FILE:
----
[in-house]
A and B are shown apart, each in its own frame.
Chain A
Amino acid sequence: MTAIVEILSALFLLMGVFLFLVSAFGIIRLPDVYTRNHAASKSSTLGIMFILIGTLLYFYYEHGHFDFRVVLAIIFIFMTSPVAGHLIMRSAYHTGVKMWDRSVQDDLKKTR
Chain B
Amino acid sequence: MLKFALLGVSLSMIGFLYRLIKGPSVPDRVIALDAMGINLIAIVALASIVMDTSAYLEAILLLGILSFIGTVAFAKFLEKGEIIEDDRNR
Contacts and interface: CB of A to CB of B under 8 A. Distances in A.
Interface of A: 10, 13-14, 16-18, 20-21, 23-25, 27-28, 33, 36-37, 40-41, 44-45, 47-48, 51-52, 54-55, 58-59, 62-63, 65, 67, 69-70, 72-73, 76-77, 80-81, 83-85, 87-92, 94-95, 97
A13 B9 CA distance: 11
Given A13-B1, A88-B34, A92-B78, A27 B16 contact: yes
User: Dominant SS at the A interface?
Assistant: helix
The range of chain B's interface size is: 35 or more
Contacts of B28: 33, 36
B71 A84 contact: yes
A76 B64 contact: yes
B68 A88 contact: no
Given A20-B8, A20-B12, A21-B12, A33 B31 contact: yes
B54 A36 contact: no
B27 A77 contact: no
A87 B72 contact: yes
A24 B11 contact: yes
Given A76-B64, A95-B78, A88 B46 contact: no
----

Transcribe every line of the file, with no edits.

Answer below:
[in-house]
A and B are shown apart, each in its own frame.
Chain A
Amino acid sequence: MTAIVEILSALFLLMGVFLFLVSAFGIIRLPDVYTRNHAASKSSTLGIMFILIGTLLYFYYEHGHFDFRVVLAIIFIFMTSPVAGHLIMRSAYHTGVKMWDRSVQDDLKKTR
Chain B
Amino acid sequence: MLKFALLGVSLSMIGFLYRLIKGPSVPDRVIALDAMGINLIAIVALASIVMDTSAYLEAILLLGILSFIGTVAFAKFLEKGEIIEDDRNR
Contacts and interface: CB of A to CB of B under 8 A. Distances in A.
Interface of A: 10, 13-14, 16-18, 20-21, 23-25, 27-28, 33, 36-37, 40-41, 44-45, 47-48, 51-52, 54-55, 58-59, 62-63, 65, 67, 69-70, 72-73, 76-77, 80-81, 83-85, 87-92, 94-95, 97
A13 B9 CA distance: 11
Given A13-B1, A88-B34, A92-B78, A27 B16 contact: yes
User: Dominant SS at the A interface?
Assistant: helix
The range of chain B's interface size is: 35 or more
Contacts of B28: 33, 36
B71 A84 contact: yes
A76 B64 contact: yes
B68 A88 contact: no
Given A20-B8, A20-B12, A21-B12, A33 B31 contact: yes
B54 A36 contact: no
B27 A77 contact: no
A87 B72 contact: yes
A24 B11 contact: yes
Given A76-B64, A95-B78, A88 B46 contact: no